Over 100 School Bond Measures Go Before Voters This Fall
California voters will weigh in on more than 100 school funding measures next month, totaling more than $12 billion in borrowing. The numbers are big, but not compared to 2016 when more than 180 school bond measures peppered local ballots in California.
Voters are generally inclined to support these requests. As CalMatters’ Richard Cano notes, 86% of school bond measures have passed since 2012. In June, voters rejected just 5 of the 35 measures before them.
As usual, the initiatives seek to shore up funds for roof work, air conditioning, lead removal and other wear and tear. California’s schools are staring down $117 billion in repairs over the next decade (UC Berkeley).
This year, however, there’s a new a dynamic on scene. In the wake of the Parkland, Florida massacre and other high-profile school shootings, many schools are seeking funds for safety upgrades. These include new security systems and efforts to secure school entrances, exists and fences.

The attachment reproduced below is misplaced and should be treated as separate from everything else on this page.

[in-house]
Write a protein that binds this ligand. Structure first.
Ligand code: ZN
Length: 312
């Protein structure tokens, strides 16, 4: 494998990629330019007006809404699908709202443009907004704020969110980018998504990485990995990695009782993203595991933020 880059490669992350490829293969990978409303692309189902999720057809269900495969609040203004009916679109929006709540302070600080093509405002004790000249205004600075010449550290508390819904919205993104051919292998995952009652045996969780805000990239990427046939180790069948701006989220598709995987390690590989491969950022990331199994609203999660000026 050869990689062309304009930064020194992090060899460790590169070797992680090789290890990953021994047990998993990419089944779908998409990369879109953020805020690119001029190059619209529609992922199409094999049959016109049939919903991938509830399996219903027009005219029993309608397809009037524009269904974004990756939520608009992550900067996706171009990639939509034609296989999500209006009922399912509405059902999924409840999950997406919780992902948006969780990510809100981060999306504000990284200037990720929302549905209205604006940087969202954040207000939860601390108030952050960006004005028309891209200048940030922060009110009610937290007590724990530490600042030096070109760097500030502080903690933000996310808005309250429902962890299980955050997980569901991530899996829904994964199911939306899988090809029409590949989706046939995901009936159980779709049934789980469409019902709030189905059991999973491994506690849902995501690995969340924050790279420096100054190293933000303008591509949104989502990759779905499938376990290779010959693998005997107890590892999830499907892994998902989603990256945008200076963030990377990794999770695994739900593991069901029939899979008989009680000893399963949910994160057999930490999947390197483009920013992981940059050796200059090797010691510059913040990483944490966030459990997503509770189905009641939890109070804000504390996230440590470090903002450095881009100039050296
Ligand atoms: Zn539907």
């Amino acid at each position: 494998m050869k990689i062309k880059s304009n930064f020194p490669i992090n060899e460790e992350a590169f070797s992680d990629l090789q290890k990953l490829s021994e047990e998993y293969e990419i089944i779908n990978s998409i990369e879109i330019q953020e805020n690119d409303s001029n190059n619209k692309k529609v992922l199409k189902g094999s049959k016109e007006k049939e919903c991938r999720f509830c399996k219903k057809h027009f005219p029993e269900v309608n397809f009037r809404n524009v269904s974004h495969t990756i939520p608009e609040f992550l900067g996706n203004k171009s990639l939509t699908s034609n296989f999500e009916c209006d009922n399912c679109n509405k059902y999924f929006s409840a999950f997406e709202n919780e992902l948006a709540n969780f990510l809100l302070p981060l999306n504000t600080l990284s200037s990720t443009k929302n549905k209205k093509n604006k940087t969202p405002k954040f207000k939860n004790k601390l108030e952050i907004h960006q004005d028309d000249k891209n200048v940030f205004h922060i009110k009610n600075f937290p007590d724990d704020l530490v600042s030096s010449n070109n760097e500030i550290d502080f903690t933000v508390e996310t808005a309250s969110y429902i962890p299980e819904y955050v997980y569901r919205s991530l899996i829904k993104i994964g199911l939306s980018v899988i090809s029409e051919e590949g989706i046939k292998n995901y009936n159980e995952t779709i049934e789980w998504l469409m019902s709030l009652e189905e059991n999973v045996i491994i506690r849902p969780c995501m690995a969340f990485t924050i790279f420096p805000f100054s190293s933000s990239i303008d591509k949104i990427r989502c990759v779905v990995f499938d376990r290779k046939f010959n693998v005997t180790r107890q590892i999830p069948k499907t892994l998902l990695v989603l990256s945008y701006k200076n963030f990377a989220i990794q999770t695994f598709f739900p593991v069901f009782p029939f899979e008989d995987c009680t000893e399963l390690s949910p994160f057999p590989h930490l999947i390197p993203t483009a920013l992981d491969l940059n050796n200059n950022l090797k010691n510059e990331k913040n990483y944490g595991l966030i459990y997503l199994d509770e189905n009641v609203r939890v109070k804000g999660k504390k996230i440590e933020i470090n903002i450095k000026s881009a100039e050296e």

Richard Michael, head of the California School Bonds Clearinghouse watchdog group, is skeptical of many of these requests. He points out that security upgrades appeared on some earlier bond measures for the same districts and questions whether this is a cynical ploy to ensure the measures pass.
The Clearinghouse has a list of all school bonds appearing on the November ballot here. Among the largest is an 800,000,000 bond measure for the Peralta CCD, a $720,000,000 bond measure for Santa Clara Unified, a $700,000,000 bond measure for the Chaffey CCD and a $698,000,000 measure for West-Valley Mission CCD.
CalMatters also runs through some of the measures here.